FDA Works to Balance Domestic Drug Supply and Market Freedom

Article title
logo

Patrick Stone, President, TradeStone QA

The balance between cost effectiveness and a safe drug supply may be measured in the amount of poor/under-employed patients not receiving their medication. These individuals may seek their pharmaceuticals online from imported sources thus breaking the law and possibly receiving harmful counterfeit drug products. Counterfeit drugs and placebos, labeled as heart medications, blood pressure medications, diabetes medications, etc., are currently hospitalizing a vulnerable proportion of American citizens.

The FDA does not publicly go after counterfeit drug operations and the Office of Criminal Investigations (OCI) at FDA would be responsible for the interdiction of such criminal activity. There are very few OCI agents in the FDA, so counterfeit drug searches are not conducted Sheriff or Texas Ranger style. If the FDA OCI get a tip about a counterfeit operation they usually go in with Sheriff and FBI/DEA/HS for back up.

FDA public affairs and media relations may not go far enough explaining and describing the extreme dangers of buying health care maintenance drugs from an unapproved imported source.

There are many reputable foreign pharmaceutical companies legally and safely distributing effective imported medications. The FDA is currently focused on tobacco and food products like rural milk production; counterfeit pharmaceuticals appear to be low priority. Many of the counterfeit drug operations take place outside the United States and are imported in through legal or illegal channels.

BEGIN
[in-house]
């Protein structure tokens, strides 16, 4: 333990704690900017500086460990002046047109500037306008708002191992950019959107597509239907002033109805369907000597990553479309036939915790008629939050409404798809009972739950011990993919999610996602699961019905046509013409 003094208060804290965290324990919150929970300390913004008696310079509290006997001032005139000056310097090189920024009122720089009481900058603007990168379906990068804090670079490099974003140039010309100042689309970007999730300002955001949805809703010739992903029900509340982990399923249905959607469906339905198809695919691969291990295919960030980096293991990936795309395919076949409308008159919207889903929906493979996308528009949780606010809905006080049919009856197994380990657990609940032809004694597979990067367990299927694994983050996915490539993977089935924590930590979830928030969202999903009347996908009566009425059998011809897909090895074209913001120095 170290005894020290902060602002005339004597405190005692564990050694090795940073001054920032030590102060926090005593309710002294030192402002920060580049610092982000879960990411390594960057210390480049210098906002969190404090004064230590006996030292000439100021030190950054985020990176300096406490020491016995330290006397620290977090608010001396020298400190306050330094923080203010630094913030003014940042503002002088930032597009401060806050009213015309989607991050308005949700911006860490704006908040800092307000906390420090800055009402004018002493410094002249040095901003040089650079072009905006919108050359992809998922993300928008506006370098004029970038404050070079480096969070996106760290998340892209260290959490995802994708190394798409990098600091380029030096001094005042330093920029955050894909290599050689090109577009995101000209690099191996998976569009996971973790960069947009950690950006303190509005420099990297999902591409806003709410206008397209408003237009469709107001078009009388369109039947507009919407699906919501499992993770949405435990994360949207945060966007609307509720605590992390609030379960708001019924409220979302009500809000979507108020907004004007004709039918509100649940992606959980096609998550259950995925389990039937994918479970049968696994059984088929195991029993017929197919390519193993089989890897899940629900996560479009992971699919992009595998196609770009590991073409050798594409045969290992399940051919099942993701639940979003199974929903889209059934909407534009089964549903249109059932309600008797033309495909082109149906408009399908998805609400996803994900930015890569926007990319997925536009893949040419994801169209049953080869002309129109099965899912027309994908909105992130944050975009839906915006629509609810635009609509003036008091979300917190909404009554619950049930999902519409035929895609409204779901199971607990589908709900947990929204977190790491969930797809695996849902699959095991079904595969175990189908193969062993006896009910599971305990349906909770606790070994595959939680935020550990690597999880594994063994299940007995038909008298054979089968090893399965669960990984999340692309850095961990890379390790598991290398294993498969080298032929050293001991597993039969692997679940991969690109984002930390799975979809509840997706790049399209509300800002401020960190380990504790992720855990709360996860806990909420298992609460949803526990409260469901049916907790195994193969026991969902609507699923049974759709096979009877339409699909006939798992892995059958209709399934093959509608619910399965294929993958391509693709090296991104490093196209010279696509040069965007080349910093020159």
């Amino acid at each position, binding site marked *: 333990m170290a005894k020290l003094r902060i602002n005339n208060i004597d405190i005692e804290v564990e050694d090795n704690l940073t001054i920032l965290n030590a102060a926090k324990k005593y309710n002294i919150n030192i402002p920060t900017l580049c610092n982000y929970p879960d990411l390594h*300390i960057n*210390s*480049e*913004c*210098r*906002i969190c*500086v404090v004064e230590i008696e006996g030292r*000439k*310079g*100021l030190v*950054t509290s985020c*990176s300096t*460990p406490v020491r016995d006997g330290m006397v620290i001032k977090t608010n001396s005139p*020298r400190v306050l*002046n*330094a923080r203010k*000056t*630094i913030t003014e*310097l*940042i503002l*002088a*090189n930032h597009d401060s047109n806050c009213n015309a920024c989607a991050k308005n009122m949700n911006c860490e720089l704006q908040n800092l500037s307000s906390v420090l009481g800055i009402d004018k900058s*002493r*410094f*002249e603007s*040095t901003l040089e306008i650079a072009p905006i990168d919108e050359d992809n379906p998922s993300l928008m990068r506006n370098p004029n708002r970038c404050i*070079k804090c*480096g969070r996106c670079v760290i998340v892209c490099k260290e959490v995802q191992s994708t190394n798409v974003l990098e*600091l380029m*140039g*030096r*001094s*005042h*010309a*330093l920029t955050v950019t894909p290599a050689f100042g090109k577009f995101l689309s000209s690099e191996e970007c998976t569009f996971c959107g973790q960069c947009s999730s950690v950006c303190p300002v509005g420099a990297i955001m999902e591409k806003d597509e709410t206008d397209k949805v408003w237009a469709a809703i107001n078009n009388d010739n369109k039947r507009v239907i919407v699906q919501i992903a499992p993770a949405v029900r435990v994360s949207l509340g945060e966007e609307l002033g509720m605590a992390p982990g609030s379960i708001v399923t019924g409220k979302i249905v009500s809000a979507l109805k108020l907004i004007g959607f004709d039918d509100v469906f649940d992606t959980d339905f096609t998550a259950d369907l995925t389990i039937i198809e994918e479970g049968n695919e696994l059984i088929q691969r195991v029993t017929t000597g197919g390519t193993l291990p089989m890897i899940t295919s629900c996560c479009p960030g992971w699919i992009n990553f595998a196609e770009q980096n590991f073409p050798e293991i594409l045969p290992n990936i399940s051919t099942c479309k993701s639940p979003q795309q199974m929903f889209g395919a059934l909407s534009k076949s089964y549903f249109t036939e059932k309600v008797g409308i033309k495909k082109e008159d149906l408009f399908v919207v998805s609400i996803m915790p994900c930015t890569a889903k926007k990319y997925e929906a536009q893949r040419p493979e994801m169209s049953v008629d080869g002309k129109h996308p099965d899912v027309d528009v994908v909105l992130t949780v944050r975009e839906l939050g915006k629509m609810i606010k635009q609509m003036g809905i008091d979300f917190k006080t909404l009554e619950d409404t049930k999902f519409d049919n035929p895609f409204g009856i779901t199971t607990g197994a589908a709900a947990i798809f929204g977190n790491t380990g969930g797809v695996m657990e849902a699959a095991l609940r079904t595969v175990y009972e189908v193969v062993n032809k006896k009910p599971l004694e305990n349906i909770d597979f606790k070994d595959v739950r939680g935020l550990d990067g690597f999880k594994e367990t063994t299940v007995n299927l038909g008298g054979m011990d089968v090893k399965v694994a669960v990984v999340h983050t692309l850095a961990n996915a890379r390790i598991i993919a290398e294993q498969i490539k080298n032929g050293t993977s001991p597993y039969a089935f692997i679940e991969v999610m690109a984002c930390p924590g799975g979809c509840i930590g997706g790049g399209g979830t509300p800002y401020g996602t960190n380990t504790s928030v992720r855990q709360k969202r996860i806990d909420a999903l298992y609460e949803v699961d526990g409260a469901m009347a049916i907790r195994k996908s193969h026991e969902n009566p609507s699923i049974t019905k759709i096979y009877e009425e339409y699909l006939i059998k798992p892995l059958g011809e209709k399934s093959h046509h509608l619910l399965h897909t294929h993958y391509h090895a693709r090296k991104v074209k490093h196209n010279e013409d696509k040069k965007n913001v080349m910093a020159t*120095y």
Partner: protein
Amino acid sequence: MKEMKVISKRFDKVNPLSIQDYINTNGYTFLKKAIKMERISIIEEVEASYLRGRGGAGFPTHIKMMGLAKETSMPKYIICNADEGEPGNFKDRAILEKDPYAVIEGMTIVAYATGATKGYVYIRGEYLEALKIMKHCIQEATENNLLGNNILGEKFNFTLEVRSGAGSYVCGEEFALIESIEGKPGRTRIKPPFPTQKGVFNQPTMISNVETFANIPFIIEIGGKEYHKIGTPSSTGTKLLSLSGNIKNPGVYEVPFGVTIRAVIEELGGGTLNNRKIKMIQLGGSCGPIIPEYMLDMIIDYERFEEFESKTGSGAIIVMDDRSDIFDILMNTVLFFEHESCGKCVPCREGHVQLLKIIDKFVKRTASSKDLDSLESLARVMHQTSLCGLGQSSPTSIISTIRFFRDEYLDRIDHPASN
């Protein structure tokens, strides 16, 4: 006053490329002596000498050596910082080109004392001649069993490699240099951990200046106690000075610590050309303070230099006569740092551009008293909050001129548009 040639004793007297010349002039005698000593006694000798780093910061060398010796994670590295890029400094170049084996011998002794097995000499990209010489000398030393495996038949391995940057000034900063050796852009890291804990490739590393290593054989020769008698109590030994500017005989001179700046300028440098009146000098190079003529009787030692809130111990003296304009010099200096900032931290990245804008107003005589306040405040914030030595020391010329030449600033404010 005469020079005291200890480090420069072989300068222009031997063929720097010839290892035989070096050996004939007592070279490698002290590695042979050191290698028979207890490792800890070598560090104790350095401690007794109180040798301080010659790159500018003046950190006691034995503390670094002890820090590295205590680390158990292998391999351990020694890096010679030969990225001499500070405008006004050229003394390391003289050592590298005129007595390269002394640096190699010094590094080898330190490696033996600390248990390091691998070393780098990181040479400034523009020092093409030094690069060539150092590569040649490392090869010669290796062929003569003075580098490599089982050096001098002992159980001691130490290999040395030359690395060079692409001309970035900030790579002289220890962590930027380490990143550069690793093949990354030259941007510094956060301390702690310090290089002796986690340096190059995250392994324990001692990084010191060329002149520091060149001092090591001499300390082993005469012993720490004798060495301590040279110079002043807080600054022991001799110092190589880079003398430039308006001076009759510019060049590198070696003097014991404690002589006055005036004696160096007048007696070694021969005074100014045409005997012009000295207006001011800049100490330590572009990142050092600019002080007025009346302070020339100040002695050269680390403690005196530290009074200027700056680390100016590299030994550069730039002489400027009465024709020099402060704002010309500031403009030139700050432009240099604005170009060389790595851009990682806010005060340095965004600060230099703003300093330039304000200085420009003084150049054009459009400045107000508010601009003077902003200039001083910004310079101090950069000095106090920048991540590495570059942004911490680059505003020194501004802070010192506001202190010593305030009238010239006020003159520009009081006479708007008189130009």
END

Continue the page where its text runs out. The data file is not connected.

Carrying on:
The FDA Import Division would be the most responsible resource for stopping the flow of harmful drug products. The DEA and DOJ are focused on scheduled narcotics and bulk illegal substances. When the product comes in a pill bottle sold in most drug stores the priority may also be very low.

Health-care customers and marketing business firms need to understand the US regulations for importing health-care products from licensed broker that goes through the FDA/US Customs regulatory oversight. It is always good to verify that the product you purchased matches the description on the package insert.

The US government is trying to balance security and freedom of choice on the razors edge. It may take some time to ensure security at the cost of your advertising freedom. It is always a good idea to ask your doctor or pharmacist about your drug products and how to physically identify your medications.

Patrick Stone is the author of Bubble Gum Badge – An FDA His-Story. You can also follow him on Twitter.

Leave a Reply